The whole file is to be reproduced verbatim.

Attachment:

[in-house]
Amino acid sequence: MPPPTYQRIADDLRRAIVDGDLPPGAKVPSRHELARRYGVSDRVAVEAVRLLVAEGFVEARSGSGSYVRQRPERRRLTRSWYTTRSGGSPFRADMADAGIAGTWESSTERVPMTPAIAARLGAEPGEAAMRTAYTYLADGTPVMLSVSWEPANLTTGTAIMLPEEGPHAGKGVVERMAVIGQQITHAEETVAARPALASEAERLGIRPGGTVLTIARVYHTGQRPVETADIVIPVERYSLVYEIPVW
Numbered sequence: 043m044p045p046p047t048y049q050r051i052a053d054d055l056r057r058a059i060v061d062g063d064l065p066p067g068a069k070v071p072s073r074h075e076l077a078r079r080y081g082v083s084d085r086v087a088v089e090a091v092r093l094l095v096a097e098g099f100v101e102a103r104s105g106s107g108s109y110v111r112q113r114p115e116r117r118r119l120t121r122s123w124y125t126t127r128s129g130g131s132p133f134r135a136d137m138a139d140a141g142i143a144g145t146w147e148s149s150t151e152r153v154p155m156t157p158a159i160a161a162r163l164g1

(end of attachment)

[in-house]
Amino acid sequence: MPPPTYQRIADDLRRAIVDGDLPPGAKVPSRHELARRYGVSDRVAVEAVRLLVAEGFVEARSGSGSYVRQRPERRRLTRSWYTTRSGGSPFRADMADAGIAGTWESSTERVPMTPAIAARLGAEPGEAAMRTAYTYLADGTPVMLSVSWEPANLTTGTAIMLPEEGPHAGKGVVERMAVIGQQITHAEETVAARPALASEAERLGIRPGGTVLTIARVYHTGQRPVETADIVIPVERYSLVYEIPVW
Numbered sequence: 043m044p045p046p047t048y049q050r051i052a053d054d055l056r057r058a059i060v061d062g063d064l065p066p067g068a069k070v071p072s073r074h075e076l077a078r079r080y081g082v083s084d085r086v087a088v089e090a091v092r093l094l095v096a097e098g099f100v101e102a103r104s105g106s107g108s109y110v111r112q113r114p115e116r117r118r119l120t121r122s123w124y125t126t127r128s129g130g131s132p133f134r135a136d137m138a139d140a141g142i143a144g145t146w147e148s149s150t151e152r153v154p155m156t157p158a159i160a161a162r163l164g1